The Farm2People website application features a marketplace and inventory manager system for nonprofits, farmers, and other buyers to use. As Farm2People transitions to an expedited online transaction process, we hoped to create an easy-to-use app that empowers the people using it.

my role + tools

Project management User research Product design

The team

Vivian Nguyen (Design Lead) Alice Chang Chantal Tan Yoshino Goto




Farm2People is a nonprofit organization born from the coronavirus outbreak that aims to connect local farmers to food relief agencies and buyers, providing close to 2 million servings to underserved communities in Los Angeles. They hope to implement a more resilient food network that ensures nutritious food can be sustainably accessed by food banks and and food relief agencies.


However, their transactions currently take place over the phone or by email. Additionally, Farm2People administrators must manually enter order information and updates, which makes the process inefficient.

Farm2People needed a platform to automate their processes. So, the question is raised:

How can we create a platform that streamlines Farm2People’s food distribution model, while interfacing the buying and selling process in an efficient way?

Proposed Solution

Through initial talks with Farm2People, we learned that they wanted a marketplace that allows buyers and food relief agencies to view farmers' inventories.

We keep the following considerations in mind:

  • Prioritizing the user experience of all parties who use our app, including farmers, nonprofits, and buyers. Farm2People's current process is lacking a client-facing interface.
  • Expediting the end-to-end process of transaction and distribution requests between vendors, Farm2People, and buyers/food relief agencies.
  • Consolidating the process into a consistent workflow that reduces variability and streamlines the experience for buyers and sellers.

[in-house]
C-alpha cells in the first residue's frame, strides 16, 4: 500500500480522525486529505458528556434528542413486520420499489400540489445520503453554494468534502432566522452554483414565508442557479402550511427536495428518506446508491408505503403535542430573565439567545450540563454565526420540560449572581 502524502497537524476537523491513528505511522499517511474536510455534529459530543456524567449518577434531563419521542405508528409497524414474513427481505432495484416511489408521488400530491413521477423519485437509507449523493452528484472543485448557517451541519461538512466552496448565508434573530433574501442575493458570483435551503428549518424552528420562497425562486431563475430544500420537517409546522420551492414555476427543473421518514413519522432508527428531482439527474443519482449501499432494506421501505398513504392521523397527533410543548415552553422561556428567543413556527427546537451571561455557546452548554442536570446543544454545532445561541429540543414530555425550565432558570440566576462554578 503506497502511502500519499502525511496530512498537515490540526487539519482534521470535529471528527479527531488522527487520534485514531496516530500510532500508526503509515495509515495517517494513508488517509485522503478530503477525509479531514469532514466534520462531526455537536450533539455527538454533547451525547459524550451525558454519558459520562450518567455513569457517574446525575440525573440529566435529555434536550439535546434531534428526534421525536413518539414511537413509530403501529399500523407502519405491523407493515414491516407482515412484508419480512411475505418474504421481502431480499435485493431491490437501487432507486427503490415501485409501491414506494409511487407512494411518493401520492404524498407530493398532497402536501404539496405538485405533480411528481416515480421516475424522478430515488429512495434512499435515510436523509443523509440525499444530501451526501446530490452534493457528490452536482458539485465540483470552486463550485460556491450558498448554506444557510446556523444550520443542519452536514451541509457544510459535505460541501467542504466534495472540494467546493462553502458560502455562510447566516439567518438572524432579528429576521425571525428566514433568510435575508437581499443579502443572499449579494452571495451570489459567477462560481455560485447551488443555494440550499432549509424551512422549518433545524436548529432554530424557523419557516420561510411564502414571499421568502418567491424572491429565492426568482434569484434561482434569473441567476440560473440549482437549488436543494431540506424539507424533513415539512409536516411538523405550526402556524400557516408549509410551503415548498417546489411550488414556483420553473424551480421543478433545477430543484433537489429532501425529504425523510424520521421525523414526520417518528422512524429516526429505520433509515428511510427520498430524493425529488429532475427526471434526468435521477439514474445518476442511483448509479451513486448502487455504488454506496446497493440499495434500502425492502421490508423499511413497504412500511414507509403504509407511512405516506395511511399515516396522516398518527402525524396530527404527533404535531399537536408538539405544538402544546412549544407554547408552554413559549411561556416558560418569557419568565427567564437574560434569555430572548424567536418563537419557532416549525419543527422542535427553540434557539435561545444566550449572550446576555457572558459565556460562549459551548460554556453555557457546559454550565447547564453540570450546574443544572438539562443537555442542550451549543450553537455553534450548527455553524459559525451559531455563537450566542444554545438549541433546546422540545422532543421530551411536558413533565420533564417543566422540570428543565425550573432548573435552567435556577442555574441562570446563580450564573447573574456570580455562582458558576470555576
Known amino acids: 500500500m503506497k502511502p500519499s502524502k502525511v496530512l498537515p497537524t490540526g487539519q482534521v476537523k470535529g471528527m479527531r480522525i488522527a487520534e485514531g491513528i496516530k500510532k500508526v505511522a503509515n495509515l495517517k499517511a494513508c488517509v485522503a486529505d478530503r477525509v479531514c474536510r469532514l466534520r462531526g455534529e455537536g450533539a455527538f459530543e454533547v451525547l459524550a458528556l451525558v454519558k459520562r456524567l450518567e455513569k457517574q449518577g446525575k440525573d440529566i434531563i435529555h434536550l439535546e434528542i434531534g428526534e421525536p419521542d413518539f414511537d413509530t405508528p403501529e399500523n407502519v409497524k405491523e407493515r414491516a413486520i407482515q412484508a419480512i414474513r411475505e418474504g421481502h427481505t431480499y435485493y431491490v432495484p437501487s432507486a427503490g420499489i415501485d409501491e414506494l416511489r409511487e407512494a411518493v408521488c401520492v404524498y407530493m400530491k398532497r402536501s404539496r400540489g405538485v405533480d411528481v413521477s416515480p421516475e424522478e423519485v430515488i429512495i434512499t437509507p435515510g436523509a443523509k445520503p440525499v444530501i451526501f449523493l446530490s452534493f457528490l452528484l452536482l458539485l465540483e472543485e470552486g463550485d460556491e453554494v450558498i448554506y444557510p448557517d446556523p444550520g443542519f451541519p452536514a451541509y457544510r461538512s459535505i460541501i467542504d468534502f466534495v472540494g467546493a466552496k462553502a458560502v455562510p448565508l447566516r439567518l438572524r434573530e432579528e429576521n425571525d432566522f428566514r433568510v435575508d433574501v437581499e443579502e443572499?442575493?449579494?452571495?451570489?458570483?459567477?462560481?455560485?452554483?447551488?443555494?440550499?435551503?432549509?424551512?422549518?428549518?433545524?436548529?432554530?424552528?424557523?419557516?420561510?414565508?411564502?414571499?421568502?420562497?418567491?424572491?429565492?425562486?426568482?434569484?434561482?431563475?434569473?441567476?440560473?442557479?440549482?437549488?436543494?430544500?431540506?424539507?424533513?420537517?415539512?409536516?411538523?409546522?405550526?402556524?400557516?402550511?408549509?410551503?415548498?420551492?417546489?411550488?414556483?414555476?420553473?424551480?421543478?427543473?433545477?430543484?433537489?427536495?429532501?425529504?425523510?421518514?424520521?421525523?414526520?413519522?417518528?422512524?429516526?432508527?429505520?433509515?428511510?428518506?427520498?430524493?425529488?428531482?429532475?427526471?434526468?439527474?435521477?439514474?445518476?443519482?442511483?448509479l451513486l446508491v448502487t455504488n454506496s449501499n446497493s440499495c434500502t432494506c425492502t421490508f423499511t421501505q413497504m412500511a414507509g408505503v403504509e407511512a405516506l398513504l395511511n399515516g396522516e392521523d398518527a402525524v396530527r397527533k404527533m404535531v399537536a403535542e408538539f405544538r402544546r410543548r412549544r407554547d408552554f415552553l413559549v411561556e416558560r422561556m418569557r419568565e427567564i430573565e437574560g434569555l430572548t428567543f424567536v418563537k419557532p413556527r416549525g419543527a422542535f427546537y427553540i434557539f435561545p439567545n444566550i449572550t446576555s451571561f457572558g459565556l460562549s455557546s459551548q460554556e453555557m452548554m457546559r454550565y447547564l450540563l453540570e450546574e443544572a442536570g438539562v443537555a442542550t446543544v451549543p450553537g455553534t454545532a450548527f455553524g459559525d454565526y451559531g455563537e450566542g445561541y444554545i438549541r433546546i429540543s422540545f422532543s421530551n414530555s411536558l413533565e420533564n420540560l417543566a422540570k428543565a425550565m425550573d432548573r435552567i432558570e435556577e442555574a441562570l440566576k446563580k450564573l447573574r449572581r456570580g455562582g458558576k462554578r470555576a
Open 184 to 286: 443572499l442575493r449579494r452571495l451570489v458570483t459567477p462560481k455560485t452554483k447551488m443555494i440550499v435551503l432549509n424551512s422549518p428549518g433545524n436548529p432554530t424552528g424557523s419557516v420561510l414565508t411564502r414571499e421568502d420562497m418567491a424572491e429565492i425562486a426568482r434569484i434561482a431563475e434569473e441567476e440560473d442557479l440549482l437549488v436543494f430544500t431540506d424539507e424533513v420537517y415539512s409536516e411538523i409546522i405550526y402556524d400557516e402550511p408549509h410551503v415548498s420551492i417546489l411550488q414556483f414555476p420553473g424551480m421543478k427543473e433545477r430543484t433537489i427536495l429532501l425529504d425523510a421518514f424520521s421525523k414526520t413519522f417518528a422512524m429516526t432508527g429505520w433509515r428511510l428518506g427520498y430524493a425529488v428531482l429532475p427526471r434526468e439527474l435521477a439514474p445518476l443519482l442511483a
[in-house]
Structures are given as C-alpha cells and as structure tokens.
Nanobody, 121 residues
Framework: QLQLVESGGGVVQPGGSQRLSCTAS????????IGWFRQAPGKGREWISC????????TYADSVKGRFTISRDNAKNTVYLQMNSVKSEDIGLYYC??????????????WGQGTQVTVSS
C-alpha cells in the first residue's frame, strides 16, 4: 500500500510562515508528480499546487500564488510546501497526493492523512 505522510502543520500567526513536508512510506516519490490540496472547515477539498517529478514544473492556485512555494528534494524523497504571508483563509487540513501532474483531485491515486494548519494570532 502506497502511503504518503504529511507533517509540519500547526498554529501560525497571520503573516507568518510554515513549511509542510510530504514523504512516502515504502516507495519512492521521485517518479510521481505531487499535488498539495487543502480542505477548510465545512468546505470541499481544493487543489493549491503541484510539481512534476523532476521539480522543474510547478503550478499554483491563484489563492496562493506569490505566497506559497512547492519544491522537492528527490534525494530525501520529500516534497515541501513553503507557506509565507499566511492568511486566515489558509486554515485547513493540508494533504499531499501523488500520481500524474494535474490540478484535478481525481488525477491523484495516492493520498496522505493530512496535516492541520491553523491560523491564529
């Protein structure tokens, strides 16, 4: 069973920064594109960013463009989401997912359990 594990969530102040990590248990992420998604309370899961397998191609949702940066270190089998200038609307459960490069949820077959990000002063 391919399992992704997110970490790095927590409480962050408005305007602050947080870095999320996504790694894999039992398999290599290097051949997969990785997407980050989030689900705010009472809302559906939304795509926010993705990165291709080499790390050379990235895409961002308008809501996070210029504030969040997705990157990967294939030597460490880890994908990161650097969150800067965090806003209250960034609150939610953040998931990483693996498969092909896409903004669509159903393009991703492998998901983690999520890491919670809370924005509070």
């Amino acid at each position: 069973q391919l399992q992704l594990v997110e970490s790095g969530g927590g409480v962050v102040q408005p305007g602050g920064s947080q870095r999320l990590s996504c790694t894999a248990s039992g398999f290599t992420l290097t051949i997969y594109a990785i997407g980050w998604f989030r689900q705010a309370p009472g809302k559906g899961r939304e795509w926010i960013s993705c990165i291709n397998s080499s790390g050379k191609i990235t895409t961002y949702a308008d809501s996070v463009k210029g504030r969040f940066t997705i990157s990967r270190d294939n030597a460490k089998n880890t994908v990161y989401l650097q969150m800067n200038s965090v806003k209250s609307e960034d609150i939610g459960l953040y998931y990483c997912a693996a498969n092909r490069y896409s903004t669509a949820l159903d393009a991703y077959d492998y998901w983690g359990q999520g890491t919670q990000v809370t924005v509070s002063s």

User Research


What are people's experiences with online grocery shopping?

We conducted an online survey to get more insights on food shopping behavior and how potential users utilize technology to purchase groceries.

From 97 responses from college students, their parents, and family members, we found that:

  • 14.8% face mild or moderate food insecurity
  • With 54.5% of people shopping for food 3-4 times a month, it’s important to make a website that can be easily renavigated for consistent and frequent use.
  • 22.7% have shopped online for groceries before, so most shop in-person at stores instead of using online platforms. We must make the UI simple and clear as a result of this unfamiliarity with online grocery shopping.
  • For those who have shopped for food online, the top websites used were: Instacart, Amazon, and Target. We can refer to the structures and UI elements of these websites when designing our website.


What do buyers expect from an online shopping experience?

We conducted 3 individual, in-depth interviews on students experiencing mild food security to gain insights on how they get food now and how to create a helpful and pleasant online food shopping experience with our website.

We found that:

  • Users prefer shopping in-person because it allows buyers to see the freshness of the food they buy. So, we want to make sure images of produce will be visible.

Buyers expect an online shopping process to be: